Subo, I’m interested to know what changes the Catholic Church were thinking of bringing about?

  19. Carole says:

    Was it intentional that the bloke in the grey bears a striking resemblance to a certain twentieth century dictator?

  20. jonbirch says:

    thanks all… good discussion… and thanks for the enlightenment robb, hayley, subo, kayte et al :-)

    carole… no it wasn’t intentional… it’s that swoop across hairstyle isn’t it!? a great look! :-)

    i must say, robb’s take on the context of jesus’ words is fascinating and smacks of true. makes a lot of sense of a passage that (without context) makes little sense other than to make us all feel bad about ourselves… and we all know that jesus came to set us free from all that! good one. :-)

  21. JF says:

    Made me think of this; it’s a favourite among football players…
    “Oi Ref, if I called you a W****r, would you send me off?”
    “Yes of course”
    “What if I was only thinking it?”
    “Well, you can think what you like!”
    “All right… I think you’re a W****r”

    [I shouldn't be on here]

  22. jonbirch says:

    … but you’re right… you really shouldn’t be here today! :-)

  23. becky says:

    As it so happens, I picked up this tidbit from a book I am using in my research …

    “To act as a human being is to honor feelings, even the thirst for revenge, but it is also to follow moral requirements stitched by God into the fabric of our humanity.” – Miroslav Volv, the End of Memory

    I’ve learned with my Adult Children of Alcoholic and improv training to accept my feelings as valid – feelings just are. (e.g., I’ve had male actors tell me they were doing a love scene with a woman they can’t stand and got an erection despite themselves.)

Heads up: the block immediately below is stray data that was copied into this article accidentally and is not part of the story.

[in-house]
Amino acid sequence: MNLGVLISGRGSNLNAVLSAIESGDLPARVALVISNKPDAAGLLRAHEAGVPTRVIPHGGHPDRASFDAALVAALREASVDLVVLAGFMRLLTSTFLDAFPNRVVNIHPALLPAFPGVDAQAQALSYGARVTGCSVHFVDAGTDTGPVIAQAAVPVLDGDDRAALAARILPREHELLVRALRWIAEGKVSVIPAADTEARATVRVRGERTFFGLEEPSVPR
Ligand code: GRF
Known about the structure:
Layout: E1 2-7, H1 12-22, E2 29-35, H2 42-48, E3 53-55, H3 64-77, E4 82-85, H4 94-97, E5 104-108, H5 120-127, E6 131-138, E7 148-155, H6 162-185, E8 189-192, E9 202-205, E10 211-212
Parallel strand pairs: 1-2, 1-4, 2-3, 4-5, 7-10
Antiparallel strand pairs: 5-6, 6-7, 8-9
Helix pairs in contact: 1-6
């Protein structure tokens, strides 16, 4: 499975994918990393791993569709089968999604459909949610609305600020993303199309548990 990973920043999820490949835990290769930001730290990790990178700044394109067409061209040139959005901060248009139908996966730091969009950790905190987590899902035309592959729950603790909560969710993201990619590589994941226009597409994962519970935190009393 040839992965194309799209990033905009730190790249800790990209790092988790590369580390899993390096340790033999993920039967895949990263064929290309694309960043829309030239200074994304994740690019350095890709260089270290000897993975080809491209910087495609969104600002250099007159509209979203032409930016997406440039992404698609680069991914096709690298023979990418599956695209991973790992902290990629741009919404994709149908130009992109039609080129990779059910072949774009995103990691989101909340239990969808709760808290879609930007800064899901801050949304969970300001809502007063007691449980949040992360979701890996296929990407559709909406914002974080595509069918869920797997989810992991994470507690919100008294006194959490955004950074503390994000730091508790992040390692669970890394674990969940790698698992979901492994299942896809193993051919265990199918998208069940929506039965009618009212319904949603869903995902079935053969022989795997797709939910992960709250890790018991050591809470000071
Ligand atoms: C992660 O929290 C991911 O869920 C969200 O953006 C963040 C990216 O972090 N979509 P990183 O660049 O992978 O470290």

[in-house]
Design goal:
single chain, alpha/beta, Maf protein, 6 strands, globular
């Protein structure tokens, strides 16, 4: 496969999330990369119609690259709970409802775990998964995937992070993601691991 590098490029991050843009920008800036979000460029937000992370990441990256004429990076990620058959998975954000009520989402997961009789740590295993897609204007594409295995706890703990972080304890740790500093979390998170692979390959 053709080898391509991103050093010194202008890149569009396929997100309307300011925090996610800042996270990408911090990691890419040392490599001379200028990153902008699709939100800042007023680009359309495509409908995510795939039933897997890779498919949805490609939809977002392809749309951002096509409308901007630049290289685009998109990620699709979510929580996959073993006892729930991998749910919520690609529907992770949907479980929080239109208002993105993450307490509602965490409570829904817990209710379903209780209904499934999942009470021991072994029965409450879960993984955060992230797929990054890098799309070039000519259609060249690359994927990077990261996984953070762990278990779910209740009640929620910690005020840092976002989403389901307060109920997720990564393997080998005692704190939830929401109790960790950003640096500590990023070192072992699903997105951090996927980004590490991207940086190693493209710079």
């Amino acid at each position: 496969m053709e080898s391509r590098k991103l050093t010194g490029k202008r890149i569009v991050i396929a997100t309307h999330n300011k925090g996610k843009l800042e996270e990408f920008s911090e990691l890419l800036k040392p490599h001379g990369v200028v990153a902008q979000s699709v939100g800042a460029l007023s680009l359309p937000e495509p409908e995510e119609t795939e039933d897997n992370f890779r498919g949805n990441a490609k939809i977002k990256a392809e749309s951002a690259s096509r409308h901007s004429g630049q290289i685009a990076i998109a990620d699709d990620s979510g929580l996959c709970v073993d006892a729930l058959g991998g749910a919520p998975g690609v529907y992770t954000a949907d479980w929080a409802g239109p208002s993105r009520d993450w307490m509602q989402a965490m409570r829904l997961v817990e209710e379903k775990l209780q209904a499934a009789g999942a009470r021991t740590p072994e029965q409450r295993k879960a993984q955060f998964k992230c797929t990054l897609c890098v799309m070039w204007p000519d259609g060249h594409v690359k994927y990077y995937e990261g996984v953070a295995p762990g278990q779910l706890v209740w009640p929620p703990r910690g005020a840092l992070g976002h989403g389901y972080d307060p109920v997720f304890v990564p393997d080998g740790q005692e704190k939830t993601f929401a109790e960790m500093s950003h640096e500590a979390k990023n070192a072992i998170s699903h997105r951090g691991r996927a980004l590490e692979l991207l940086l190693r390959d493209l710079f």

Where I “try” to apply this scripture to my life is not to continue actions that will escalate my negative feelings. For example, if someone’s misguided moves are driving me nutso, don’t visit their website – and for goddsakes don’t send out any emails noting what a jerk this dude is even if his actions are indeed jerky (says the one who just did this). That’s a very small example but it’s a matter of seeking out the good and not the bad – e.g., I now have on a bunch of chill music from Proost that’s helping me to stay centered (for now). I bought a rosary and uploaded some chill tracks on my Ipod because I need these daily reminders not to let me do me in.

  24. subo says:

    “I’m interested to know what changes the Catholic Church were thinking of bringing about?”

    sorry Hayley, am a bit vague on the facts, but remember reading an article where it explained something was decided in a past Vatican counsel about how they shouldn’t impose too much guilt on people, and that Catholic Priests should have knowledge and awareness of scrupulosity

    In my own experience I’ve badly needed opportunities outside of the dominant church culture, to nurture a sense of freedom and connecting with a spiritual realm, for a while I met with a spiritual director, as felt my secular college training laked a spiritual dimension, this proved a very special experience for me, as this woman showed herself to be so thoughtful, affirming able to validate my feelings. I met her through the Bristol Spirituality network – http://www.bristolspiritualitynetwork.org.uk

  25. doctor ruth says:

    I work with a lot of people with OCD, and know there’s plenty of research that shows that strange or troubling intrusive thoughts are very common amongst the general population as well. I don’t believe that such fleeting thoughts are sinful in themselves – it’s sinful when we choose to dwell on and enjoy thoughts that are sinful, for example, getting pleasure from thinking about doing someone else harm.

  26. subo says:

    I sometimes look at sin as not living the sparkling life God hoped I would, in that I often don’t get round to making things happen, to catching up with people I love and eating enough chocolate

    obviously to carry out murder would be sinful, I think the way I’ve not noticed the needs of the people God gave me to care about is just loads less obvious, I don’t want to get into some over responsibility thing here, I just think we are human, and don’t do the amazing things we could do, our lack of faith is just how we are